Barbados’ international business and financial services sector has performed well during 2020. This positive news was reported by the Governor of the Central Bank of Barbados, Cleviston Haynes, as he recently delivered the review of the country’s economic performance for last year. He reported that taxes collected from the sector increased during 2020, when compared to the corresponding period in 2019.
The welcome boost in revenue contributed significantly to the fiscal position of the Barbados Government, as well as closed any financial gaps that may have occurred without the sector’s successful performance. Consequently, international reserves rose to an “unprecedented” BDS $2.7 billion by the end of the year.
According to the Governor, also of note is the Barbados Welcome Stamp initiative that allows persons to live and work remotely on the island for 12 months. Although still in its early stages of implementation, he noted that the Welcome Stamp had attracted a number of applicants and by extension, an increased demand in real estate.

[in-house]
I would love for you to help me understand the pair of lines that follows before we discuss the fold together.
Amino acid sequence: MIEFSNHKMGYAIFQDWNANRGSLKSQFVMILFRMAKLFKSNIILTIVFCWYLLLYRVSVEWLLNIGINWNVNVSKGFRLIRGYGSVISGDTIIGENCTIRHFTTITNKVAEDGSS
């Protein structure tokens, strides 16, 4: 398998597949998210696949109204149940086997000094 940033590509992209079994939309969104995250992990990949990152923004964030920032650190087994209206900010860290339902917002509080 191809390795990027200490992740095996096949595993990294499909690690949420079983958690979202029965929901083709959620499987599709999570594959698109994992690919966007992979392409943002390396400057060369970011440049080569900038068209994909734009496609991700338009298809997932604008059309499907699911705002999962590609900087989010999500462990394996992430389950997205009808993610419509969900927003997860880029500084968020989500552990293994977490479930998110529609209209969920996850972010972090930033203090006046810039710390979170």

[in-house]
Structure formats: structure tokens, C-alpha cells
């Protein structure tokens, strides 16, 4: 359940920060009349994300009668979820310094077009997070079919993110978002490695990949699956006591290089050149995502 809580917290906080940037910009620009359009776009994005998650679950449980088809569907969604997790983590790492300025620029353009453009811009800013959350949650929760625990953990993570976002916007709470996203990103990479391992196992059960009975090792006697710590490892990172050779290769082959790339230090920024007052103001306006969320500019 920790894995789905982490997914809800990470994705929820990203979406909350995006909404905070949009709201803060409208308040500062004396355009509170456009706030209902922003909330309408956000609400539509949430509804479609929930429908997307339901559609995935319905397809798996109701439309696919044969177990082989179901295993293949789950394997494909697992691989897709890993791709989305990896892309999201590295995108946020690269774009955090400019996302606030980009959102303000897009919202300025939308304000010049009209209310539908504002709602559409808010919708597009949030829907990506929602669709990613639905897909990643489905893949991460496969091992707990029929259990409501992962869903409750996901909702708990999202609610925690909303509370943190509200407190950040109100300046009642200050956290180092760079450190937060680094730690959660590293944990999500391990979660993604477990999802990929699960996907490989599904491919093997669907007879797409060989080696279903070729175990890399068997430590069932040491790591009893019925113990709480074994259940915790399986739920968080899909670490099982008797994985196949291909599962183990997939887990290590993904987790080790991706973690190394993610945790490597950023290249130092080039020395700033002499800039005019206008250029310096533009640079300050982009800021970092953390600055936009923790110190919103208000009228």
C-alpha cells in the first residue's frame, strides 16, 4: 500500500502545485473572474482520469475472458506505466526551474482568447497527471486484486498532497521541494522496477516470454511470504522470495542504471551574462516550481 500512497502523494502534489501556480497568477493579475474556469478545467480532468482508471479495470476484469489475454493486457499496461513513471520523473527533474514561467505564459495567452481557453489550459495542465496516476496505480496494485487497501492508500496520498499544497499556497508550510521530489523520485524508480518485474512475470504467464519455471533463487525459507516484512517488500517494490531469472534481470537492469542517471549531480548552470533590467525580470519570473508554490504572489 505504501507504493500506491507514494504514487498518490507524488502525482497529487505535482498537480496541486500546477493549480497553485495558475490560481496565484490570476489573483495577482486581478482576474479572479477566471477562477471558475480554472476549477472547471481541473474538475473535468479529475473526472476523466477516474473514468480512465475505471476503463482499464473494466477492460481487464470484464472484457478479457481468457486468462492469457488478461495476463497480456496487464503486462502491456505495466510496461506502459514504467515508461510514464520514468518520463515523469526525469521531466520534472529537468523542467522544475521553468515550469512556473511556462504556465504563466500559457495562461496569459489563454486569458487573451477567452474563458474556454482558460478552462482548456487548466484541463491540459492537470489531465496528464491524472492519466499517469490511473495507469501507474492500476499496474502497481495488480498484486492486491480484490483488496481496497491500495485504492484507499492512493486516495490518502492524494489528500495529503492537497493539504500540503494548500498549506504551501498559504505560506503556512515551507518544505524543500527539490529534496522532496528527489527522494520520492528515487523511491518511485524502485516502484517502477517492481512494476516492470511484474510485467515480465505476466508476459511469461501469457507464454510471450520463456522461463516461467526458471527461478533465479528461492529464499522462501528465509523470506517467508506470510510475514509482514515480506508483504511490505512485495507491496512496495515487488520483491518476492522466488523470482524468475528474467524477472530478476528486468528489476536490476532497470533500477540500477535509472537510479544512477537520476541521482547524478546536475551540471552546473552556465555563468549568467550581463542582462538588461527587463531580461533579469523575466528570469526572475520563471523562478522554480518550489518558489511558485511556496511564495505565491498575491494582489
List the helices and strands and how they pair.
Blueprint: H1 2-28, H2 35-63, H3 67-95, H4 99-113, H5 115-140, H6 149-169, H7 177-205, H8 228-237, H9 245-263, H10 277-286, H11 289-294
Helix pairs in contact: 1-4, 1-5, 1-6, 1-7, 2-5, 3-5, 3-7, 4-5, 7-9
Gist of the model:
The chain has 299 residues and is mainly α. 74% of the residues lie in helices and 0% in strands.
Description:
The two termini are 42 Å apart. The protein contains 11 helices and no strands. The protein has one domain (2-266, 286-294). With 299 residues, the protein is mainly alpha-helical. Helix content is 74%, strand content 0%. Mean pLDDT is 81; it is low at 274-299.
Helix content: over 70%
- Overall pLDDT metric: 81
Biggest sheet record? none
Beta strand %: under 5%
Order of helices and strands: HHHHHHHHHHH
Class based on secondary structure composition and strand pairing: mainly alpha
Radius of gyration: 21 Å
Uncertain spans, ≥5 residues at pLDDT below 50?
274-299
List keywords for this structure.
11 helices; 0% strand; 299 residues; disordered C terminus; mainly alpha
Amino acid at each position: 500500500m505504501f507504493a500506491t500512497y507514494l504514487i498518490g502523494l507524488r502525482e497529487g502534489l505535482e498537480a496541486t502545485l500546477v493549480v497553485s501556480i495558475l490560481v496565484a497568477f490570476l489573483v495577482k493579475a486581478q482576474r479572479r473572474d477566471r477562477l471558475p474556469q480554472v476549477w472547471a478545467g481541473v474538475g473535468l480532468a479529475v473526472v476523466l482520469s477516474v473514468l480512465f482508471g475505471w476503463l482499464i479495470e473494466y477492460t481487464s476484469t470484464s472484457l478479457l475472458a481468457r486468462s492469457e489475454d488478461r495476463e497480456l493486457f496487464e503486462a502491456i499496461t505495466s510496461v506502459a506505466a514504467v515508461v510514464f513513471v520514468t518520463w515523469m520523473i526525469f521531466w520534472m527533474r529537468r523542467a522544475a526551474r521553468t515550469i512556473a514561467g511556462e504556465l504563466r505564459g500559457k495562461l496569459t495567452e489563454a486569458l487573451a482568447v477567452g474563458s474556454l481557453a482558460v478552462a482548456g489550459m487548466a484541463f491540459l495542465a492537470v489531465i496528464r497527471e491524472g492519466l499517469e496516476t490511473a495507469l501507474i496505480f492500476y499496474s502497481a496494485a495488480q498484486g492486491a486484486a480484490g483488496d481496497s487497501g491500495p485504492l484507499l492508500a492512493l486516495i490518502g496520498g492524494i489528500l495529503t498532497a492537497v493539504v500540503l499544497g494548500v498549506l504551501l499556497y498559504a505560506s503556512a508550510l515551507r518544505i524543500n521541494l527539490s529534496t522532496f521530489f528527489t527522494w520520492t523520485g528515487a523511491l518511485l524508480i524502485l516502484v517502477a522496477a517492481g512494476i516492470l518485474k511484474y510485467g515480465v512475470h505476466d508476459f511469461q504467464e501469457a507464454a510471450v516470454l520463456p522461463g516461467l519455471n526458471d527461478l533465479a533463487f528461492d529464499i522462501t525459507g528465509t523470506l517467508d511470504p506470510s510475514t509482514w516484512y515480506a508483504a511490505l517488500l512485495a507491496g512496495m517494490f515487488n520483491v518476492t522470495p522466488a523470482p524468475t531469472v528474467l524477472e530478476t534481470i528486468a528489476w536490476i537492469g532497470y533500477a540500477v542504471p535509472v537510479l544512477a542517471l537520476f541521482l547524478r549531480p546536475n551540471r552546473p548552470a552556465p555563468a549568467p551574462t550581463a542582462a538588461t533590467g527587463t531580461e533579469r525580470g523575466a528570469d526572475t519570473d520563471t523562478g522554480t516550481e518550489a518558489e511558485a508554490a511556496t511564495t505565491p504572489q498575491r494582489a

Recently, Kaye Brathwaite, Chief Executive Officer, Invest Barbados (IB), urged sector stakeholders to “remain steadfast” and “and continue to work together to realise the vision of making Barbados a global force of the 21st century”.
Now in 2021, as the effects of the Covid-19 pandemic persist, IB continues to pivot and work assiduously with stakeholders to ensure that client needs are met. In addition to promoting the jurisdiction’s welcoming investment climate, IB remains committed to its mission of landing investments that are sustainable, feasible and ecologically sound and will create quality jobs, bring transferable skills and new technologies to Barbados.